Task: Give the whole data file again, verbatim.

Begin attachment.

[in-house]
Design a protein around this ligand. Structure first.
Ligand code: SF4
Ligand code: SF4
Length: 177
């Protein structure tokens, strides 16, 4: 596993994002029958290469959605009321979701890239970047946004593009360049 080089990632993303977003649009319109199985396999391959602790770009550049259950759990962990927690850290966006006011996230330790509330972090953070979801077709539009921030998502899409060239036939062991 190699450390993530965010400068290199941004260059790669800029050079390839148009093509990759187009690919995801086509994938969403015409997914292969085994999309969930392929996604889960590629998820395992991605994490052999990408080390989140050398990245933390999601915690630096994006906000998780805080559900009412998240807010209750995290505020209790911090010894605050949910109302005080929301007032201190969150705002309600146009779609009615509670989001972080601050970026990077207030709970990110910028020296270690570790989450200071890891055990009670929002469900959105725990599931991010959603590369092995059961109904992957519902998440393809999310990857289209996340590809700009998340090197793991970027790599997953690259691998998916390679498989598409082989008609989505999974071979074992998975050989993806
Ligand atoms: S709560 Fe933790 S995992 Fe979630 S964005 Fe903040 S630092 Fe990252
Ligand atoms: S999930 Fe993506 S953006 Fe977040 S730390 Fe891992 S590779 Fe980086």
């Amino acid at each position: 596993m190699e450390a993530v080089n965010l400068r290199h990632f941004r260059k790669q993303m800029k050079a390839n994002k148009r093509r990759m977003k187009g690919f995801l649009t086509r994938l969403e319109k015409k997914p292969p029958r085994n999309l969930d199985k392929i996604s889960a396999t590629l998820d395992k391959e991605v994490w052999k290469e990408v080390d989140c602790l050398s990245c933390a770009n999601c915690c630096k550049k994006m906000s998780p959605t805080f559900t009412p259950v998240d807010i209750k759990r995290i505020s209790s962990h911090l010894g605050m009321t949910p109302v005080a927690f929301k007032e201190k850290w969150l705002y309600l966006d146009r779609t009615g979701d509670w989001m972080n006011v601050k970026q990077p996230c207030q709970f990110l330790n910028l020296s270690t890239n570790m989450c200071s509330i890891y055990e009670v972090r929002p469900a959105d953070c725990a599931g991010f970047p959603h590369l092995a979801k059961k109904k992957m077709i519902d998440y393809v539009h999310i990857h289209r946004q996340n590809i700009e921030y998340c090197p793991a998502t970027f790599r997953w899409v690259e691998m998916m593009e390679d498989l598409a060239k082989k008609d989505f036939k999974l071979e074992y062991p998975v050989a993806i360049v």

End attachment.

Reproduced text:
[in-house]
Design a protein around this ligand. Structure first.
Ligand code: SF4
Ligand code: SF4
Length: 177
């Protein structure tokens, strides 16, 4: 596993994002029958290469959605009321979701890239970047946004593009360049 080089990632993303977003649009319109199985396999391959602790770009550049259950759990962990927690850290966006006011996230330790509330972090953070979801077709539009921030998502899409060239036939062991 190699450390993530965010400068290199941004260059790669800029050079390839148009093509990759187009690919995801086509994938969403015409997914292969085994999309969930392929996604889960590629998820395992991605994490052999990408080390989140050398990245933390999601915690630096994006906000998780805080559900009412998240807010209750995290505020209790911090010894605050949910109302005080929301007032201190969150705002309600146009779609009615509670989001972080601050970026990077207030709970990110910028020296270690570790989450200071890891055990009670929002469900959105725990599931991010959603590369092995059961109904992957519902998440393809999310990857289209996340590809700009998340090197793991970027790599997953690259691998998916390679498989598409082989008609989505999974071979074992998975050989993806
Ligand atoms: S709560 Fe933790 S995992 Fe979630 S964005 Fe903040 S630092 Fe990252
Ligand atoms: S999930 Fe993506 S953006 Fe977040 S730390 Fe891992 S590779 Fe980086």
């Amino acid at each position: 596993m190699e450390a993530v080089n965010l400068r290199h990632f941004r260059k790669q993303m800029k050079a390839n994002k148009r093509r990759m977003k187009g690919f995801l649009t086509r994938l969403e319109k015409k997914p292969p029958r085994n999309l969930d199985k392929i996604s889960a396999t590629l998820d395992k391959e991605v994490w052999k290469e990408v080390d989140c602790l050398s990245c933390a770009n999601c915690c630096k550049k994006m906000s998780p959605t805080f559900t009412p259950v998240d807010i209750k759990r995290i505020s209790s962990h911090l010894g605050m009321t949910p109302v005080a927690f929301k007032e201190k850290w969150l705002y309600l966006d146009r779609t009615g979701d509670w989001m972080n006011v601050k970026q990077p996230c207030q709970f990110l330790n910028l020296s270690t890239n570790m989450c200071s509330i890891y055990e009670v972090r929002p469900a959105d953070c725990a599931g991010f970047p959603h590369l092995a979801k059961k109904k992957m077709i519902d998440y393809v539009h999310i990857h289209r946004q996340n590809i700009e921030y998340c090197p793991a998502t970027f790599r997953w899409v690259e691998m998916m593009e390679d498989l598409a060239k082989k008609d989505f036939k999974l071979e074992y062991p998975v050989a993806i360049v």